John: Oh yes, the mission. We figured we are all best friends in regular life so why not try to ruin that with creative egos, life goal conflicts, conjoined money troubles, and smothering each other with our overbearing personality traits while usually drunk in a small, hot space. That all accumulated over the past 8ish? years with us in various projects and then 2+ years all together as JOHNS to release this record. I love a good suicide mission.


Spacelab: How'd you end up involved with Peterwalkee Records for this release and what drew you to the label?


John: Before i knew Matto he read as kinda a stern, heartless warmonger who loathed me for being a skinny "more-than-one-necklace" kinda guy. So i was afraid and my weak ego really just begged for him to please, please like me. Which is maybe a tiny bit true. He's a great, hardworking human from our same local scene. We all share friends and our bands play together. It just makes sense to work with (motivated) people you know. They "get" what you are going for and want you to succeed. Plus he does a sick Danzig impersonation.


Ryan: Matto, who runs Peterwalkee, has come to wear many hats in the Buffalo music scene and so we inevitably crossed paths. We all also share a personal connection to Sugar City - a local arts collective which I think helped provide a lot of opportunity for us to get involved in some of their goings ons. Johns doesn't fit neatly into any established punk scene subset and Peterwalkee has put out records by some of the best Buffalo bands in a really wide eclectic mix of genres so in addition to having the honor of being in that good company, we figured we'd fit in on the roster.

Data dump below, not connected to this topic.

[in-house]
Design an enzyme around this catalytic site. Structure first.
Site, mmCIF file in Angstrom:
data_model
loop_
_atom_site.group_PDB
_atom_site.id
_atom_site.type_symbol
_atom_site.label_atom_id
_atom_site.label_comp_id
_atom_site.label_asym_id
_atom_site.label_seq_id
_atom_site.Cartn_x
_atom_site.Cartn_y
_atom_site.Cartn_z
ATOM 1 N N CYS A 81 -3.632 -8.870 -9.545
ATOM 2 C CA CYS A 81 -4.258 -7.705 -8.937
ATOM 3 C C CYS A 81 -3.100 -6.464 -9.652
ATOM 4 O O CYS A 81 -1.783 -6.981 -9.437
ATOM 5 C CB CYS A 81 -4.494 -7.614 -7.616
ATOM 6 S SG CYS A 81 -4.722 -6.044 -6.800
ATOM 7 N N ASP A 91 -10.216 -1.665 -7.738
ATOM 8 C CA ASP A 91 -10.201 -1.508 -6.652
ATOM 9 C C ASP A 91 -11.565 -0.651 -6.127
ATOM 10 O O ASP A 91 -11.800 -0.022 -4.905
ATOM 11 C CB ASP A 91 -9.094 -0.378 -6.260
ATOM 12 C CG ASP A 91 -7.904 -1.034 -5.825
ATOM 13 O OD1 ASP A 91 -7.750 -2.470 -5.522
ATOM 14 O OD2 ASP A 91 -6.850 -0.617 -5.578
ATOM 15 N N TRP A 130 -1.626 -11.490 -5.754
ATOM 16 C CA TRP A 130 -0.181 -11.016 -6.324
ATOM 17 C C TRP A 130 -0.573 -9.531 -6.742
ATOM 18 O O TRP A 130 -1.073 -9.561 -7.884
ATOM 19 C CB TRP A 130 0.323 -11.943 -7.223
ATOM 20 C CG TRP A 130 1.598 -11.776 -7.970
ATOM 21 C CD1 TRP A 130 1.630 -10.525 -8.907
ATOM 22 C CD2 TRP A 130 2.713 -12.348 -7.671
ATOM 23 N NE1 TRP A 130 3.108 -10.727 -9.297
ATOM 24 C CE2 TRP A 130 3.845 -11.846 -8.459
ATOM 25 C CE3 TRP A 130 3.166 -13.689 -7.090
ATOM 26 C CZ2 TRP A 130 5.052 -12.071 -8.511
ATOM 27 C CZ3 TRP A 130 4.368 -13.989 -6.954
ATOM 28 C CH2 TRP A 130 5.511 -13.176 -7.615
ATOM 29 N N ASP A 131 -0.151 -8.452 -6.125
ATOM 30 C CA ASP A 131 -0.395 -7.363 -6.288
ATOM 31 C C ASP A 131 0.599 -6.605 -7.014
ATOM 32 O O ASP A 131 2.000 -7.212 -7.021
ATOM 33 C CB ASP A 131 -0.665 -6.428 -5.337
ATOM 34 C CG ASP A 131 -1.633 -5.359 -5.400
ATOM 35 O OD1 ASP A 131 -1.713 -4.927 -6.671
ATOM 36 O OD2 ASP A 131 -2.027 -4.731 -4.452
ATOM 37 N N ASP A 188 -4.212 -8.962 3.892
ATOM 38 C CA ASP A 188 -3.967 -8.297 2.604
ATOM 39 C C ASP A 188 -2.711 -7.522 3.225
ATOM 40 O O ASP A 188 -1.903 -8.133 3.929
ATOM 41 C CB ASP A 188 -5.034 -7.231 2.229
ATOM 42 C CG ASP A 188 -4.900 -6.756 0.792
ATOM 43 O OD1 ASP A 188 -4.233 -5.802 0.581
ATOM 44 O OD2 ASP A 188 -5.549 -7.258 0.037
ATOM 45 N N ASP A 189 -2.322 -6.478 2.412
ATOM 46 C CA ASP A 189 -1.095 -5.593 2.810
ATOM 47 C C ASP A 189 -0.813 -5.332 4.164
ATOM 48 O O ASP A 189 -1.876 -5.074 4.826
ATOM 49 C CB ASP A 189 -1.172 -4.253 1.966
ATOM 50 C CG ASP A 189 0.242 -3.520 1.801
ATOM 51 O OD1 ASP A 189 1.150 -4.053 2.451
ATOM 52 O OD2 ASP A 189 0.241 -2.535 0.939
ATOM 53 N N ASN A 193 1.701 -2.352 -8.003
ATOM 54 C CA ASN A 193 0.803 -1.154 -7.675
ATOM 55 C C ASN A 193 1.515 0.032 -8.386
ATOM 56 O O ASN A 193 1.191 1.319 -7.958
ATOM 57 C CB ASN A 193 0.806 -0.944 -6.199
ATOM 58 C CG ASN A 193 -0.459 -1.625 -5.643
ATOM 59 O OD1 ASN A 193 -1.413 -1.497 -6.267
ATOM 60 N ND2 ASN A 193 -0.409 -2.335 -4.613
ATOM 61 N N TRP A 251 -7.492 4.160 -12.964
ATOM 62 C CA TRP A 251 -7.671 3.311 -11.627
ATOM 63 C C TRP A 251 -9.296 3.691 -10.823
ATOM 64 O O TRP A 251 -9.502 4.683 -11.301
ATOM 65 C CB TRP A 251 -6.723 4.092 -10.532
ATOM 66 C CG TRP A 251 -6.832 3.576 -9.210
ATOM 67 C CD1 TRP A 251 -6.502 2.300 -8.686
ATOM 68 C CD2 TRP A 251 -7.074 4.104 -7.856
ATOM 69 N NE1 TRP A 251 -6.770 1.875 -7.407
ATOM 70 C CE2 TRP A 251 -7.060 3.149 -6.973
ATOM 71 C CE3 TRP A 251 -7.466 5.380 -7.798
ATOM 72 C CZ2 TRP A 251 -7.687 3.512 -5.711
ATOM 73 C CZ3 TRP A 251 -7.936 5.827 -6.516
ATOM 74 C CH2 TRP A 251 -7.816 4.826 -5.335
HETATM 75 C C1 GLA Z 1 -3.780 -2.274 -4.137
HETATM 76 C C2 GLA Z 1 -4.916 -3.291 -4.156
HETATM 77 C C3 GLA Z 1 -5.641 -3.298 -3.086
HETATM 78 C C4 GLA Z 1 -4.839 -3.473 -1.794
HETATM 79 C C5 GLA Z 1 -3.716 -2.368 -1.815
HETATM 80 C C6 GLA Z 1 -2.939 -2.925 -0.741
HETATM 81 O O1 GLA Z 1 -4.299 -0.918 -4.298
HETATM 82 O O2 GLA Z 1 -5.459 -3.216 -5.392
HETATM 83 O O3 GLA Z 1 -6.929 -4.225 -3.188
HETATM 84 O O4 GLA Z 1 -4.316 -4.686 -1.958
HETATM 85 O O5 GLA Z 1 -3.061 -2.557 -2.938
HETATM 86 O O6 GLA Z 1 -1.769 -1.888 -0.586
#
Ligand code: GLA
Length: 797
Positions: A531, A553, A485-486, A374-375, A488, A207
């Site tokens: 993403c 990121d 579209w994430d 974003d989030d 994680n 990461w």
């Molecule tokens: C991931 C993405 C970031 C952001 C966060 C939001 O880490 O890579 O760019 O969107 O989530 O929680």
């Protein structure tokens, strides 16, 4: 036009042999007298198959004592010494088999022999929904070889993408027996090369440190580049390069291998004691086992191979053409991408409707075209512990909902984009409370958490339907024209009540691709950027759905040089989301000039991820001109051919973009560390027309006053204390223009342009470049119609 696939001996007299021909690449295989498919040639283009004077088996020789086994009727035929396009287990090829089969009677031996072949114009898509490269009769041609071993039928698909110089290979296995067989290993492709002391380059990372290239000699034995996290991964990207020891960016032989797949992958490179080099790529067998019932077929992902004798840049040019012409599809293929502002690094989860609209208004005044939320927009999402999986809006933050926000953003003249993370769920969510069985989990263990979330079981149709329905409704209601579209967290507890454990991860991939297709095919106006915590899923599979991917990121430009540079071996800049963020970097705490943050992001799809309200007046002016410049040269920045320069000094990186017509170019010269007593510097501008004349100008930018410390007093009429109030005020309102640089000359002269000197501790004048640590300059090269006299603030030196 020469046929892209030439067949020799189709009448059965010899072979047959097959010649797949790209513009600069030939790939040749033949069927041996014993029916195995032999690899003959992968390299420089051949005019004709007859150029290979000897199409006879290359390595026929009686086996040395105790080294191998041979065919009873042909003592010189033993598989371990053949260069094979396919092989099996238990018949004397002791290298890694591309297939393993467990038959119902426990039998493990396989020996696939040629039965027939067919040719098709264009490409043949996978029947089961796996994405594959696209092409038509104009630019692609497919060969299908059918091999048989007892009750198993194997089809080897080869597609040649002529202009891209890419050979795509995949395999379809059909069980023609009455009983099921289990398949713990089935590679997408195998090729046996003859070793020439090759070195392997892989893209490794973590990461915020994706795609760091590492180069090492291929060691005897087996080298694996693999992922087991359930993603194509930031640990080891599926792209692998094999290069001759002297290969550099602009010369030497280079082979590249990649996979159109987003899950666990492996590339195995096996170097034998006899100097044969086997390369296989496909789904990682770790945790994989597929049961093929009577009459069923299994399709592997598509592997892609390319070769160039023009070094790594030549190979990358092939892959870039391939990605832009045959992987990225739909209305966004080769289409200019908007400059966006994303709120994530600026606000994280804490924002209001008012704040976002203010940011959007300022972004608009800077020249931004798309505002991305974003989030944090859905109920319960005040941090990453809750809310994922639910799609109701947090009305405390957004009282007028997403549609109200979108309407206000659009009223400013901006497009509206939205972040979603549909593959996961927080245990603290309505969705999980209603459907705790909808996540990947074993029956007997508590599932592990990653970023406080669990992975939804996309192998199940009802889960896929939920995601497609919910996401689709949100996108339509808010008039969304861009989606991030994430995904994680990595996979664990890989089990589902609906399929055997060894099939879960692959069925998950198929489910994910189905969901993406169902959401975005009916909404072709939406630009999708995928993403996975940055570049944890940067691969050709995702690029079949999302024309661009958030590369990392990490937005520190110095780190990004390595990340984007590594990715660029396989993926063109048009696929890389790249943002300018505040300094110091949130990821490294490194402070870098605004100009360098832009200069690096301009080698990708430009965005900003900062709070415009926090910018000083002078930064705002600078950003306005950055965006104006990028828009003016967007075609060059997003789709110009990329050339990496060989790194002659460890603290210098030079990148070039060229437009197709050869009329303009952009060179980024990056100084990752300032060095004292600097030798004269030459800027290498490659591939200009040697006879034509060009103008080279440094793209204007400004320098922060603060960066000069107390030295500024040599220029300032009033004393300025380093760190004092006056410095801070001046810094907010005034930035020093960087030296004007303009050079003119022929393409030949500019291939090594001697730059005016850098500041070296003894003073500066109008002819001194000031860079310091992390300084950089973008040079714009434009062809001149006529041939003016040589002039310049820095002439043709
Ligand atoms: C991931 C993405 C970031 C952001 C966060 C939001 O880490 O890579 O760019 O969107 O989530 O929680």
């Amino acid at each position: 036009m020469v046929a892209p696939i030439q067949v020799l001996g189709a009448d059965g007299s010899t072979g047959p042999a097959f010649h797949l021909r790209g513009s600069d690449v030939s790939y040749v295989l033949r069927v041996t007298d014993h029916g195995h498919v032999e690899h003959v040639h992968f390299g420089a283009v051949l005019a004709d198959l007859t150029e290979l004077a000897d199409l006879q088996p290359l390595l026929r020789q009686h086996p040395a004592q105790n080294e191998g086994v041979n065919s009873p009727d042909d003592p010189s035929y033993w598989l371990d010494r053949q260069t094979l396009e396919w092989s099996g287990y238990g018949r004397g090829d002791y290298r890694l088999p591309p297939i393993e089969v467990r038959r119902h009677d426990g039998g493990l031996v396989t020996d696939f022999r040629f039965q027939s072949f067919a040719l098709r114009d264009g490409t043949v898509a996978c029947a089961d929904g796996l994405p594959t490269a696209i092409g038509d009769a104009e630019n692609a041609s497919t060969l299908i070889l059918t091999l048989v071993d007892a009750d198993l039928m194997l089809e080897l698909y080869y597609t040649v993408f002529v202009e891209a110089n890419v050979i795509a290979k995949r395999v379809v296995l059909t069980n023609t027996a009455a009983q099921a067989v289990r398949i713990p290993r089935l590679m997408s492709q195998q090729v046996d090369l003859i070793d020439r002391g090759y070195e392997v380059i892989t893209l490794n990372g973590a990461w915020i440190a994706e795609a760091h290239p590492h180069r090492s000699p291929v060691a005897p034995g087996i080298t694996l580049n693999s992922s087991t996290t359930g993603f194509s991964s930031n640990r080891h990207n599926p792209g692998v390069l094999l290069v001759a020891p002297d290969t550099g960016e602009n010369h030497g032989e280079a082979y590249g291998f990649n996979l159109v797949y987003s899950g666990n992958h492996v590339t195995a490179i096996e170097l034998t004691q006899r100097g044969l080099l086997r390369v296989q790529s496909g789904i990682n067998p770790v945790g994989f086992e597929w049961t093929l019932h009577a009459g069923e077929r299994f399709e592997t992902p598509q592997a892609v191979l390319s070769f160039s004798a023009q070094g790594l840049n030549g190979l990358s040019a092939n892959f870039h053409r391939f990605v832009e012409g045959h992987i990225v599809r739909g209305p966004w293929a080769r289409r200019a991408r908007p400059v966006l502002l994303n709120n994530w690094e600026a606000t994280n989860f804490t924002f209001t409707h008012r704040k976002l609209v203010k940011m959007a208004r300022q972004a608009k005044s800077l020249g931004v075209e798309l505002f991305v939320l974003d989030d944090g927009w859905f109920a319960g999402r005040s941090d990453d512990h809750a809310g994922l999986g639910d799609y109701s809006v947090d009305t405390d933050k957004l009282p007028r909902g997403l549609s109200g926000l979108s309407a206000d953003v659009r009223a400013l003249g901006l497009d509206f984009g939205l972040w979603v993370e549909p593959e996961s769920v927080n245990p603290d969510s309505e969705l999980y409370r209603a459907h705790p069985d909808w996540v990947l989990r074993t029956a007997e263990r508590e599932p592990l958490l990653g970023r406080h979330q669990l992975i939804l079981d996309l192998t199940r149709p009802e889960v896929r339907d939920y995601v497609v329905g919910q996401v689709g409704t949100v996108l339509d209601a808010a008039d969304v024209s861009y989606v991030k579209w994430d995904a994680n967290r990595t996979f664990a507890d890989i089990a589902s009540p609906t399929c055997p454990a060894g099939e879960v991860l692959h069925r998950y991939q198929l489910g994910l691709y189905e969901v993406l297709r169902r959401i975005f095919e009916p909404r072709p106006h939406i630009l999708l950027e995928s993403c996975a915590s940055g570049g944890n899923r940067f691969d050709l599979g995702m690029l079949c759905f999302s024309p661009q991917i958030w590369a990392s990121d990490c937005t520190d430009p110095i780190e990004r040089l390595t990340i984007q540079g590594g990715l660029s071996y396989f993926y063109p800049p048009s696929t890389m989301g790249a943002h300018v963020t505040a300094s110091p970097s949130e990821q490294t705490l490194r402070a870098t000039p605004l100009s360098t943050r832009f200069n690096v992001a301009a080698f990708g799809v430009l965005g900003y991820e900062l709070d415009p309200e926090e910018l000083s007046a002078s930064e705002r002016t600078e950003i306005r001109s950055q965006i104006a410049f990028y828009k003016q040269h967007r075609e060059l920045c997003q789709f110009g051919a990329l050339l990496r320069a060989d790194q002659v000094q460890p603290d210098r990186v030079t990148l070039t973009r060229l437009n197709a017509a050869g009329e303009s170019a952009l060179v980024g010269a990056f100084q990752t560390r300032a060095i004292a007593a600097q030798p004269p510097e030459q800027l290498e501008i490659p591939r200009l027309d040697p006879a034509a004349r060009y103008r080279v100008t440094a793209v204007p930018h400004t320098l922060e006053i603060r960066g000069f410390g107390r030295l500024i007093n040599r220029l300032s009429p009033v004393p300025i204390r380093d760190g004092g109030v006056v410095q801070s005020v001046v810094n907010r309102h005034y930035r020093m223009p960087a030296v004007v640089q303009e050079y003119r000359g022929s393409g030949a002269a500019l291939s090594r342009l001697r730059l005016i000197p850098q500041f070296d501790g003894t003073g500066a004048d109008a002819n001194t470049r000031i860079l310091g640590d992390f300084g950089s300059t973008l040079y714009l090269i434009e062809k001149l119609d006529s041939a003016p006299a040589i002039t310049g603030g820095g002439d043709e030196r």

Spacelab: Your press release says ,"If sentience is necessary for the being to perceive, GRIFT MARKS is a minimalistic way of defining consciousness." Is that another way of telling people to listen to Wire?


John: HA! You'll have to ask Boss Matto. He wrote that one. Describing your own sound is rough. I feel dirty after. And not a good - fooled around with a yoga instructor in a booze-mud bath - kinda dirty.